Making the case against voting

The Baltimore Sun

The mayor's race, you think, is no contest. They're predicting rain after all; you don't want to get wet. Maybe you have to work, get your haircut or, I don't know, watch your new DVD, Grey's Anatomy, The Third Season.

So don't vote.

Really, stay home.

It's OK.

Your vote doesn't matter anyway, says Mark J. Perry, an economist, blogger and every civics teacher's worst nightmare.

Perry is among a group of academics who delight in turning one of America's most sacred beliefs - that every vote counts - on its head. They say that studies show that higher turnout tends not to change the outcome except in the tightest of races.

"The only time your vote counts is if it's a dead tie and you're the last person to vote," says Perry, a professor at the University of Michigan in Flint.

Perry comes by this way of thinking from the time he spent at George Mason University, where he received his doctorate in economics and which turns out to be a hotbed for the theory of rational ignorance. Applied to voting, the theory goes like this: The cost in time and effort spent learning about the candidates and issues and then getting out to your polling place far outweighs the benefit you might receive in actually having an impact on the outcome of the race.

So if you tuned out the candidates, their summer-long campaigns, their TV ads, robo-calls, mailers and intersection sign-waving, and you sit out today's voting, you may be ignorant, but you're rationally ignorant.

Pretty wacky stuff, I know. Don't you just love economists? Ever since the Freakonomics phenomenon took the world, or at least the best-seller lists, by storm, all sorts of economists have come down from their ivory towers to apply their theories to the real world.

Still, with election officials predicting a fairly low turnout - around 30 percent - for today's primary election, I thought I'd try to understand this case for not voting.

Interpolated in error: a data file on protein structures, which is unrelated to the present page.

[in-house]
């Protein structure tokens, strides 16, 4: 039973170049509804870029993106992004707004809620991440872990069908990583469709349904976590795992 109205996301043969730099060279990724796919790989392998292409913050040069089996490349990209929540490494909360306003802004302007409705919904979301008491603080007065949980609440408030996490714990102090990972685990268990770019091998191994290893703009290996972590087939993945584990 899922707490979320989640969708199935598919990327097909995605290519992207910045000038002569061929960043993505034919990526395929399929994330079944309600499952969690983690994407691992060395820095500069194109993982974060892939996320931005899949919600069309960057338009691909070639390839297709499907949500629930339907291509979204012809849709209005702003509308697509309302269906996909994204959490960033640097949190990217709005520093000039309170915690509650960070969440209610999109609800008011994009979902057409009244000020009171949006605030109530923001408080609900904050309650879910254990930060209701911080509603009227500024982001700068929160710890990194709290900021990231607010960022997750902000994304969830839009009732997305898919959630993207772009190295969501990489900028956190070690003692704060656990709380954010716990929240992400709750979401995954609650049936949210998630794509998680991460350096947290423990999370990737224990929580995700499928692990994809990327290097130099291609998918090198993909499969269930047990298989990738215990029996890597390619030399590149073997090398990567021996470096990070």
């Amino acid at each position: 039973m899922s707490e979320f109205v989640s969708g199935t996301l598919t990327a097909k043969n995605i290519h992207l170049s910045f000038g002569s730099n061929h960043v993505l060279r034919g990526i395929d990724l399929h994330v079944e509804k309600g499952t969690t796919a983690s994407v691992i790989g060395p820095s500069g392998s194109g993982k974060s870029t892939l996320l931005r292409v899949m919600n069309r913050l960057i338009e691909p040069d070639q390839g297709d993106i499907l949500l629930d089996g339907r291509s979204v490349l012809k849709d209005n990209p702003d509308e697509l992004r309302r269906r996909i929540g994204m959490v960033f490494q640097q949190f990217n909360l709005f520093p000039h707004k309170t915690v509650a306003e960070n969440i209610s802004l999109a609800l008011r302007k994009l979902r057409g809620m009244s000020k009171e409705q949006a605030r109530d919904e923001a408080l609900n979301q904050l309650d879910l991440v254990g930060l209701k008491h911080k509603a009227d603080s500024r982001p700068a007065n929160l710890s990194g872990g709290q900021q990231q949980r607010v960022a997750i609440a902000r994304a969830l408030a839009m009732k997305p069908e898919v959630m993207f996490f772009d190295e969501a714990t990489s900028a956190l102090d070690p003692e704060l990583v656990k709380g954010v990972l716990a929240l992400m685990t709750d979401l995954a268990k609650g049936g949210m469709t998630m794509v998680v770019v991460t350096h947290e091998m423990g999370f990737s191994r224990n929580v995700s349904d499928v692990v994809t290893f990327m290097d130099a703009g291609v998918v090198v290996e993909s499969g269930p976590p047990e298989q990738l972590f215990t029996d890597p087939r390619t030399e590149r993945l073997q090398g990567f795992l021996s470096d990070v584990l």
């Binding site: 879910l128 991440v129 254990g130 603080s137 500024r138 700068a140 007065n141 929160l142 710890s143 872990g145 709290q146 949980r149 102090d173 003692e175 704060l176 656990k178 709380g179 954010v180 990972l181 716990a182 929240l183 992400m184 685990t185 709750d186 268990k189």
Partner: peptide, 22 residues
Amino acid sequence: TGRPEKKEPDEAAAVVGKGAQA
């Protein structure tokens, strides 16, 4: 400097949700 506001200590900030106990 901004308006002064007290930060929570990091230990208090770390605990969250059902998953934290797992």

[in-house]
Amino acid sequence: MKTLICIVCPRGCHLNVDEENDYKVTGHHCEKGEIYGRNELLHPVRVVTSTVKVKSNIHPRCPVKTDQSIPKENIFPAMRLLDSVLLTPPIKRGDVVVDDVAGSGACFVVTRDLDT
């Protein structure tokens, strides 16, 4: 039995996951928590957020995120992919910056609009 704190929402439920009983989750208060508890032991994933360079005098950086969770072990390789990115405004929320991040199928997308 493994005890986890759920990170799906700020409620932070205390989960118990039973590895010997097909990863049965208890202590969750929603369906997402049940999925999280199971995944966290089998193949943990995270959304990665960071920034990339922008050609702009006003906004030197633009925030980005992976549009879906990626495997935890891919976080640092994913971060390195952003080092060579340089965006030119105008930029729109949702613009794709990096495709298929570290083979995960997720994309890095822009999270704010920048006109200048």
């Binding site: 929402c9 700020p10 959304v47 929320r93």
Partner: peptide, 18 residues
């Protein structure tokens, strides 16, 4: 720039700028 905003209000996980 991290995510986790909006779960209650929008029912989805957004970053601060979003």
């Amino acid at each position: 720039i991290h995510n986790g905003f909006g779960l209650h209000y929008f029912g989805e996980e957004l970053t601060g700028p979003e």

Baltimore's rational ignorance, by the way, has fluctuated over the years - voter turnout has ranged from about 60 percent in 1983 when William H. Murphy Jr. ran unsuccessfully against William Donald Schaefer; to 42 percent in 1987 (Kurt L. Schmoke's first win over Clarence Du Burns) and in 1999 (Martin O'Malley's first win); to lower rates, somewhere in the 30s, usually when an incumbent is running for re-election.

While the candidates tend to spend the waning days of the campaign on get-out-the-vote efforts - if you saw any of the candidates this weekend, their hoarse voices and sunburned faces testify to this - Perry said the belief in high turnout is more romantic than practical.

"I guess people feel this is how we express our democracy," Perry said.

Perry said those who feel every vote counts should be the ones who are arguing against high turnout. "People always want other people to vote, which is counterintuitive," he said. "If I want my vote to count, getting other people to vote just dilutes the value of my vote."

And yet, as surely as a campaign season winds down, the call for everyone to get out and vote grows. "It's part of the democratic mythology," said Jack Citrin, a University of California, Berkeley political scientist.

Most races simply aren't close enough - that, plus the fact that a greater turnout tends to mean simply that more supporters of each candidate will turn out, means that the percentage itself doesn't change, Citrin said.

He and his colleagues looked at some 200 U.S. Senate races over recent years to see how many would have gone the other way under different scenarios - if every voter voted, for example, or if equal numbers of poor and rich voted, or black and white. Their conclusion after running the simulations: In only seven of the races would a different person have been elected.

Ah, but imagine you were one of those seven - or rather, 14 - candidates. Or one of their constituents.

Or imagine you're a voter in the Baltimore City Council president's race. The Sun's last poll found community activist Michael Sarbanes just 3 percentage points ahead of incumbent Stephanie C. Rawlings-Blake, within the poll's margin of error.

"That's the kind of race," Citrin said, when I told him the poll results, "where it could make a difference."

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